As a property and casualty insurance company underwriter working on issuing new homeowner’s insurance policies, your decisions include property inspection choices. You decide whether a property inspection should be undertaken for a particular proposed policy and, if so, what type of inspection is best suited to your needs. Several types of home insurance inspections exist, ranging in complexity from a simple exterior photo report to a complete high-value interior/exterior inspection.
The Different Inspection Types
The quickest and least expensive home insurance inspection, the exterior photo report, may be appropriate for a newly built home that has just passed a number of inspections required of home builders to obtain a certificate of occupancy. Photographs and/or videos are taken of the property in order to verify the address and location.
These photos will include the residence from all four sides and will include pictures of the rooftop, using either a camera pole or a drone fitted with a camera. Photos will also be made of any outbuildings and of any observable negative conditions found on the building’s exterior.
Two other types of exterior inspections include the exterior observation photo report and the exterior observation and measurement photo report:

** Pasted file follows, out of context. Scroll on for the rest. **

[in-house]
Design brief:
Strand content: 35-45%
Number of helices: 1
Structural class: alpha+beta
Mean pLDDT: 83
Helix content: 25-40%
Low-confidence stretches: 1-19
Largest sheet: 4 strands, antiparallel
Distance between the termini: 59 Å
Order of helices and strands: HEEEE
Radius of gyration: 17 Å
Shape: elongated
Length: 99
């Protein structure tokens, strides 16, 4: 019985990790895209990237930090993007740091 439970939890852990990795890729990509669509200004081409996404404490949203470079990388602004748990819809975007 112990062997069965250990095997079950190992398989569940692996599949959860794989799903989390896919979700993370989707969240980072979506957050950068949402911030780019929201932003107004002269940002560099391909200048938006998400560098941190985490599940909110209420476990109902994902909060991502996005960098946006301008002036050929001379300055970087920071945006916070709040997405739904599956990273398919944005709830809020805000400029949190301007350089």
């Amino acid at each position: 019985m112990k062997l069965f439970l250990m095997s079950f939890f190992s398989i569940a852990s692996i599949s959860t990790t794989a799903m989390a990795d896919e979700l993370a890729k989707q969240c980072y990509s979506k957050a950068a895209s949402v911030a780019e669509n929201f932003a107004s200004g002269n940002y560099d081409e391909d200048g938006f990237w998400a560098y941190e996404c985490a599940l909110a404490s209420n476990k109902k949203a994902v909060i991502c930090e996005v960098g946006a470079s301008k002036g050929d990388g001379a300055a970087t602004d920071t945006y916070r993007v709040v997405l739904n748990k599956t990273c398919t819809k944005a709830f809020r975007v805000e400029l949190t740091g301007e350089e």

- Exterior Observation – Includes a basic photo report plus complete data indicating construction type, roof type, occupancy type, detailed location and proximity to any water, general property condition, and comments on any observed negative conditions.
- Exterior Observation and Measurement – Includes an exterior observation report plus a detailed diagram and a replacement cost estimate.
High-Value Interior/Exterior Inspection
This most complete inspection includes detailed photos of the property’s interior and exterior, detailed diagrams, and a complete conditions and hazards report. A detailed replacement cost estimation is given and a complete and detailed inspection conducted, from attic to foundation, including a 4-point electrical, HVAC, plumbing, and roof inspection.
Poor condition or operation of any of these four systems can represent a major liability to an insurer and a detailed inspection and condition report is important to your underwriting efforts.
Who Needs What and When
Not every one of your policyholders may require a home inspection, or some may qualify to conduct their own self-inspection. Certain situations may indicate the need to conduct a home inspection, such as:
- A home that hasn’t had an inspection for the past 10 years